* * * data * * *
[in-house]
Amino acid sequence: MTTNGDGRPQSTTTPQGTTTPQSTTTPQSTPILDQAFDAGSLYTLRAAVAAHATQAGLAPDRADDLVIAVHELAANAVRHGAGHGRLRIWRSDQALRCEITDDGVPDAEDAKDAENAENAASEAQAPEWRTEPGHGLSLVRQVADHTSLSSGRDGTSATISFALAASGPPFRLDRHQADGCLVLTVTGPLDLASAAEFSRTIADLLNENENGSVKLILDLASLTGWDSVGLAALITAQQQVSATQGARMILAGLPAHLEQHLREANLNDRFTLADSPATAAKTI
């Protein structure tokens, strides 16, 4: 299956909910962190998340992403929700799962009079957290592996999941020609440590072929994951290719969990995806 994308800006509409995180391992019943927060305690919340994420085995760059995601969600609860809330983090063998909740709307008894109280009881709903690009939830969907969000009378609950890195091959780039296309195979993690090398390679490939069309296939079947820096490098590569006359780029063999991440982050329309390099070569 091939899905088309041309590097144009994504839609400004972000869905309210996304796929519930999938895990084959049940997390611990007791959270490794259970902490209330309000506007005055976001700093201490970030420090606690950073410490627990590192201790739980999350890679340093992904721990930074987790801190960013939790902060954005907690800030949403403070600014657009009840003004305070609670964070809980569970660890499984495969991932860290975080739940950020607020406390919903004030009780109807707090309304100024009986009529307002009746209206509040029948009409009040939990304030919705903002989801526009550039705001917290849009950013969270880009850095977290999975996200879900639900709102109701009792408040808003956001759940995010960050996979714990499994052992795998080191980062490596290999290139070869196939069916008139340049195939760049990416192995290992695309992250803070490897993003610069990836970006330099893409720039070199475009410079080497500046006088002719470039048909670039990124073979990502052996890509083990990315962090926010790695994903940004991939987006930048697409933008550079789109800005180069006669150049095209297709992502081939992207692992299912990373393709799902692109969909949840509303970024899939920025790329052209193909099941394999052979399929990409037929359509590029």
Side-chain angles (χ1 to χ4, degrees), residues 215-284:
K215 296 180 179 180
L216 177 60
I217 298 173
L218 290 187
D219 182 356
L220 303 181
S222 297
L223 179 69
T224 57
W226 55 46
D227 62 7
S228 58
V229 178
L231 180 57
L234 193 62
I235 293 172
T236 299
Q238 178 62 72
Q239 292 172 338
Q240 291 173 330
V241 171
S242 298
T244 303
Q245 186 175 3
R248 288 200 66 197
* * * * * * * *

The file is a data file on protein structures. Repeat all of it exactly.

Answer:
[in-house]
Amino acid sequence: MTTNGDGRPQSTTTPQGTTTPQSTTTPQSTPILDQAFDAGSLYTLRAAVAAHATQAGLAPDRADDLVIAVHELAANAVRHGAGHGRLRIWRSDQALRCEITDDGVPDAEDAKDAENAENAASEAQAPEWRTEPGHGLSLVRQVADHTSLSSGRDGTSATISFALAASGPPFRLDRHQADGCLVLTVTGPLDLASAAEFSRTIADLLNENENGSVKLILDLASLTGWDSVGLAALITAQQQVSATQGARMILAGLPAHLEQHLREANLNDRFTLADSPATAAKTI
């Protein structure tokens, strides 16, 4: 299956909910962190998340992403929700799962009079957290592996999941020609440590072929994951290719969990995806 994308800006509409995180391992019943927060305690919340994420085995760059995601969600609860809330983090063998909740709307008894109280009881709903690009939830969907969000009378609950890195091959780039296309195979993690090398390679490939069309296939079947820096490098590569006359780029063999991440982050329309390099070569 091939899905088309041309590097144009994504839609400004972000869905309210996304796929519930999938895990084959049940997390611990007791959270490794259970902490209330309000506007005055976001700093201490970030420090606690950073410490627990590192201790739980999350890679340093992904721990930074987790801190960013939790902060954005907690800030949403403070600014657009009840003004305070609670964070809980569970660890499984495969991932860290975080739940950020607020406390919903004030009780109807707090309304100024009986009529307002009746209206509040029948009409009040939990304030919705903002989801526009550039705001917290849009950013969270880009850095977290999975996200879900639900709102109701009792408040808003956001759940995010960050996979714990499994052992795998080191980062490596290999290139070869196939069916008139340049195939760049990416192995290992695309992250803070490897993003610069990836970006330099893409720039070199475009410079080497500046006088002719470039048909670039990124073979990502052996890509083990990315962090926010790695994903940004991939987006930048697409933008550079789109800005180069006669150049095209297709992502081939992207692992299912990373393709799902692109969909949840509303970024899939920025790329052209193909099941394999052979399929990409037929359509590029």
Side-chain angles (χ1 to χ4, degrees), residues 215-284:
K215 296 180 179 180
L216 177 60
I217 298 173
L218 290 187
D219 182 356
L220 303 181
S222 297
L223 179 69
T224 57
W226 55 46
D227 62 7
S228 58
V229 178
L231 180 57
L234 193 62
I235 293 172
T236 299
Q238 178 62 72
Q239 292 172 338
Q240 291 173 330
V241 171
S242 298
T244 303
Q245 186 175 3
R248 288 200 66 197